Maintaining an active lifestyle is great for physical health and keeping the body strong. But are the benefits even greater than that? Experts are looking inside the brain to find a link between healthy weight loss and positive psychological effects. With eye-opening findings, the body-mind connection is being examined on a deeper level and provides yet another reason that physical activity is beneficial.
Ever notice how exercise can turn a bad day around? That’s because exercise has been found to improve mood in many individuals. In fact, some psychologists even turn to exercise as a tool to treat patients. Jennifer Carter, PhD works at the Center for Balanced Living in Ohio and sees a definite connection between physical activity and mood enhancement. “I often recommend exercise for my psychotherapy clients, particularly for those who are anxious or depressed,” she says.
While that method may not be used by everyone, it seems that significant psychological benefits can be measured from exercise. As noted by the American Psychological Association, a study conducted with individuals with major depressive disorders looked at the impact different factors, including exercise, had on their mood. After a four-month trial period, researchers found that all individuals in the exercise and anti-depressant groups had much higher rates of remission than other groups. Based on those findings, researchers surmised that exercise can be comparable to anti-depressants for individuals with major depressive disorders.
Similarly, a 2010 study found that individuals who participated in yoga three times per week had increased levels of the brain chemical GABA, which is commonly associated with improved mood and lowered rates of depression. What’s more, physical activity has been linked with improved self-image and self-esteem. The natural release of endorphins during short bursts of exercise only add to a sense of well-being and euphoria.
Stress is one of the biggest triggers for developing or worsening serious health issues, such as heart disease, asthma, obesity, headaches, anxiety, and depression. However, exercise is a natural way of reducing stress. The release of brain chemicals like serotonin and dopamine have a soothing, relaxing effect that help reduce stress levels.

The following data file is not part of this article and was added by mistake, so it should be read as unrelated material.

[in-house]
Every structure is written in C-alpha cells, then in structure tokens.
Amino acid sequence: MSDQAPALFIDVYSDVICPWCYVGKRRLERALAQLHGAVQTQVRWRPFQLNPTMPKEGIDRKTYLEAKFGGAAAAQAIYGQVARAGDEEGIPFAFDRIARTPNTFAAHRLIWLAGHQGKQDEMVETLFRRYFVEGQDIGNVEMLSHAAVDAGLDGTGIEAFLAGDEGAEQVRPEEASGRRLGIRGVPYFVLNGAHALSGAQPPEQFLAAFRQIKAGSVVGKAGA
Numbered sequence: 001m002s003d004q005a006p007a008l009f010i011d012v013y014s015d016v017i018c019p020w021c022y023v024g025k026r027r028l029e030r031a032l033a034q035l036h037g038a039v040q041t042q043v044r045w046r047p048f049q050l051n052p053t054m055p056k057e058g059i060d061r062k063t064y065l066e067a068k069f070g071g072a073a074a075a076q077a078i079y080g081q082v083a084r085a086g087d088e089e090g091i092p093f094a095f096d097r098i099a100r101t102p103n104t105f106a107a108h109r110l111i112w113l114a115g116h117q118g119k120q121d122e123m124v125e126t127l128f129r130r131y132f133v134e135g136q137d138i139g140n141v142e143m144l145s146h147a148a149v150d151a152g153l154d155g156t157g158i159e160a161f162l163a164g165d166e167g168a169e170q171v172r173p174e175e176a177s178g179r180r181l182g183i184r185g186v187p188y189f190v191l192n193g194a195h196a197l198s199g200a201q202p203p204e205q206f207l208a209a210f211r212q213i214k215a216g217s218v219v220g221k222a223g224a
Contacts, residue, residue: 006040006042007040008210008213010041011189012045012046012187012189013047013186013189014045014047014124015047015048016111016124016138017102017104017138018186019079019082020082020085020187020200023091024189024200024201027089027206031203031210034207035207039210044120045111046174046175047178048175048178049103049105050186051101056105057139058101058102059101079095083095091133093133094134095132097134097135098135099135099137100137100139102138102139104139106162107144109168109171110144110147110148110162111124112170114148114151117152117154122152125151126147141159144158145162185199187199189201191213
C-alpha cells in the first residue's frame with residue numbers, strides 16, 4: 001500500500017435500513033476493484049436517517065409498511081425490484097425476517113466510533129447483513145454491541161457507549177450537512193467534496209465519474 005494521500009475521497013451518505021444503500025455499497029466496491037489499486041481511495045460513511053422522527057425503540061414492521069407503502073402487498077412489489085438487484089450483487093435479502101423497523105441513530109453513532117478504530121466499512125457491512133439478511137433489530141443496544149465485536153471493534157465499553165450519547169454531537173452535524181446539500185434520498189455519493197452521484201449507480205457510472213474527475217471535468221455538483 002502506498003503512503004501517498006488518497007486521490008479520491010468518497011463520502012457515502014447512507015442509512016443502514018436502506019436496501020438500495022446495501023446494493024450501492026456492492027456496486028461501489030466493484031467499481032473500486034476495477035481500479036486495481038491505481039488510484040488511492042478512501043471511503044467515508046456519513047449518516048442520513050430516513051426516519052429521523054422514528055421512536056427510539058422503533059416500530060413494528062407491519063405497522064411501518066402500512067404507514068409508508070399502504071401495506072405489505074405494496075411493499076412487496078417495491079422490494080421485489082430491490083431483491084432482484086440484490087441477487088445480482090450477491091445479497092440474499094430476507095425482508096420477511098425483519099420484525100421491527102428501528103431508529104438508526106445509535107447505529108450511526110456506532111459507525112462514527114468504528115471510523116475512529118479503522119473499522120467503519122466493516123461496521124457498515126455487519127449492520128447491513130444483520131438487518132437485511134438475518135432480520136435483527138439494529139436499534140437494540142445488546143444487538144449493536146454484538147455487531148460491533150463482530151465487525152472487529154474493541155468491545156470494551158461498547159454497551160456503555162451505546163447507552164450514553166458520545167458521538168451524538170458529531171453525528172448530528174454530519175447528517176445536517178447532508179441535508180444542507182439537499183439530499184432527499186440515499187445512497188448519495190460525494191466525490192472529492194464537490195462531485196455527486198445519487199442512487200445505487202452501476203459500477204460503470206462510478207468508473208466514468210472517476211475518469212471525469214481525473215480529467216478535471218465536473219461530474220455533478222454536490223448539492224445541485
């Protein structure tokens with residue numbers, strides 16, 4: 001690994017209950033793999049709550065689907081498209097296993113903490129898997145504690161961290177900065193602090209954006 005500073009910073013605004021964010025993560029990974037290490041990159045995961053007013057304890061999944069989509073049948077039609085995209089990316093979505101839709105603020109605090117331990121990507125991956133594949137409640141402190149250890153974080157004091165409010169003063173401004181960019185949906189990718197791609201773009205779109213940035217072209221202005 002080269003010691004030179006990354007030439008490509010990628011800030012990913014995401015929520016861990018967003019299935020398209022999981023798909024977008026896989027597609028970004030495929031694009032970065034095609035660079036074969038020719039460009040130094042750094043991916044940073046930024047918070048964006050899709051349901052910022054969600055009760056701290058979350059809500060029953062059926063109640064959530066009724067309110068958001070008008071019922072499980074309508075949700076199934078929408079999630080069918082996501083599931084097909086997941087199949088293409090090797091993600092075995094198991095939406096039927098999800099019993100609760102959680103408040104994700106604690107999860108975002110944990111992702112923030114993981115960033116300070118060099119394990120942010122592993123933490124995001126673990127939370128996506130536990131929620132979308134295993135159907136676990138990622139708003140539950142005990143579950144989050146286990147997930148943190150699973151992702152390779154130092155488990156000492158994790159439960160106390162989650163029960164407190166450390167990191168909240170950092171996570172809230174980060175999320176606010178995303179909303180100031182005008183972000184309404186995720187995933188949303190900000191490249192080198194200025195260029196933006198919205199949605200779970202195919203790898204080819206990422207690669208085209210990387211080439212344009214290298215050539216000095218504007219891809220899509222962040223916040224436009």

But exercise may even go further. In a study conducted by the University of California San Francisco, researchers looked at how exercise affects cells on a long-term basis. The study focused on women with high levels of stress and had them exercise vigorously for 45 minutes over three days. They found that the women’s cells showed fewer signs of aging when compared with women that were inactive. In that way, researchers concluded that exercise may not only be helpful in reducing stress, but may also help to reverse the negative effects that stress can have on a cellular level.
Memory & Learning
Weight loss by exercise may also improve learning. During exercise, the body releases growth factors, and certain brain chemicals, that help to generate new cells and create connections in the brain. These connections are necessary to help us learn and remember how to do new things, such as perform a new task or do a math problem. What’s more, it seems that complicated activities like playing tennis help our brain to practice skills in coordination and attention.
In a study conducted by German researchers, findings showed that high school students who did 10 minutes of a complicated fitness routine scored better on a high-attention task than those who did not. Furthermore, research suggests that weight loss in obese individuals may improve memory.
A study that looked at overweight, postmenopausal women showed that weight loss through dieting changes brain function in areas that are key for memory. Lead author of the study Andreas Pettersson, MD notes that this is telling in the importance that weight loss can have on the body and brain. “Our findings suggest that obesity-associated impairments in memory function are reversible, adding incentive for weight loss,” he said.